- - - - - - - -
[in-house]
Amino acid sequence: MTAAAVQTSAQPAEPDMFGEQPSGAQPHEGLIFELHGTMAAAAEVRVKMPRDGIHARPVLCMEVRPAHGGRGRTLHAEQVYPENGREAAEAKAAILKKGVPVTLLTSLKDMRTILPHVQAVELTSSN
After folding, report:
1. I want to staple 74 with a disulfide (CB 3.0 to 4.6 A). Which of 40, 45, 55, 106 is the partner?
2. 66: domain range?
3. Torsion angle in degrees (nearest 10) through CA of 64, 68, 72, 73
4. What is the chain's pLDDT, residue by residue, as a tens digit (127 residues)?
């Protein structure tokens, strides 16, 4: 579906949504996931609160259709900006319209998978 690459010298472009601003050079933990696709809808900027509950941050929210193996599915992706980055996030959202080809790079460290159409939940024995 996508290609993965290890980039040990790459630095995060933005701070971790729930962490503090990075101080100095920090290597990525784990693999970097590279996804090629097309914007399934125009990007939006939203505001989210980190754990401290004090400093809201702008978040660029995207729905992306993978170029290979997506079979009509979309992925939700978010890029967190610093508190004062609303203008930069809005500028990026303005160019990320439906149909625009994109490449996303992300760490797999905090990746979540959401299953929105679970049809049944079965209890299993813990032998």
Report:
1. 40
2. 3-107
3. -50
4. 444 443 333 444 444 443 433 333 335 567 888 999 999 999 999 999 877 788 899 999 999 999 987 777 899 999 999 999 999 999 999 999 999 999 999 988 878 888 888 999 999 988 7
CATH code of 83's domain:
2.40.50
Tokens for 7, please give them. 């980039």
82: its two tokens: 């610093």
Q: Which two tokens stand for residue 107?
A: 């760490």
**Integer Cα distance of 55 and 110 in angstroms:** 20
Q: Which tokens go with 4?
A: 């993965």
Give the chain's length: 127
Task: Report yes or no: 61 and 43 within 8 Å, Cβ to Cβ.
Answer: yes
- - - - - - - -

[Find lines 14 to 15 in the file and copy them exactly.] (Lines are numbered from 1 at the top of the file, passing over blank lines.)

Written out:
CATH code of 83's domain:
2.40.50